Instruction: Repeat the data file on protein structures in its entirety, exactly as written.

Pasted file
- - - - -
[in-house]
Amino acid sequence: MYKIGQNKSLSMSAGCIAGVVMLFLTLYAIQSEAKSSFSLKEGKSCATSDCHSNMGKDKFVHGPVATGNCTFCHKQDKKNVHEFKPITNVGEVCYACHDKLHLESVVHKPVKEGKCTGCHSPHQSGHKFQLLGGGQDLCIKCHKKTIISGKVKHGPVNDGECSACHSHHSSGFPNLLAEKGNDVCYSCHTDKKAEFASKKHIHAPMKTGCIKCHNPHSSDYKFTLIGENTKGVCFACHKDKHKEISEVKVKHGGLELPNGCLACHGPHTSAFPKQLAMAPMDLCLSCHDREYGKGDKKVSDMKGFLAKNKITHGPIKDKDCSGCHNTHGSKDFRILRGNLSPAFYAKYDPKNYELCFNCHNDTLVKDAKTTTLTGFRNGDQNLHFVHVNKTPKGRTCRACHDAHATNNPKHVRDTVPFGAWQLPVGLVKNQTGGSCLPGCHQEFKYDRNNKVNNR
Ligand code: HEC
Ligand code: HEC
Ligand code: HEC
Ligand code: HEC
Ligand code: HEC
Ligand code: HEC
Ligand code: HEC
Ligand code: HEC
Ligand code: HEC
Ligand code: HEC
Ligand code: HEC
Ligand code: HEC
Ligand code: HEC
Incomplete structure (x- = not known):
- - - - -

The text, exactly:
[in-house]
Amino acid sequence: MYKIGQNKSLSMSAGCIAGVVMLFLTLYAIQSEAKSSFSLKEGKSCATSDCHSNMGKDKFVHGPVATGNCTFCHKQDKKNVHEFKPITNVGEVCYACHDKLHLESVVHKPVKEGKCTGCHSPHQSGHKFQLLGGGQDLCIKCHKKTIISGKVKHGPVNDGECSACHSHHSSGFPNLLAEKGNDVCYSCHTDKKAEFASKKHIHAPMKTGCIKCHNPHSSDYKFTLIGENTKGVCFACHKDKHKEISEVKVKHGGLELPNGCLACHGPHTSAFPKQLAMAPMDLCLSCHDREYGKGDKKVSDMKGFLAKNKITHGPIKDKDCSGCHNTHGSKDFRILRGNLSPAFYAKYDPKNYELCFNCHNDTLVKDAKTTTLTGFRNGDQNLHFVHVNKTPKGRTCRACHDAHATNNPKHVRDTVPFGAWQLPVGLVKNQTGGSCLPGCHQEFKYDRNNKVNNR
Ligand code: HEC
Ligand code: HEC
Ligand code: HEC
Ligand code: HEC
Ligand code: HEC
Ligand code: HEC
Ligand code: HEC
Ligand code: HEC
Ligand code: HEC
Ligand code: HEC
Ligand code: HEC
Ligand code: HEC
Ligand code: HEC
Incomplete structure (x- = not known):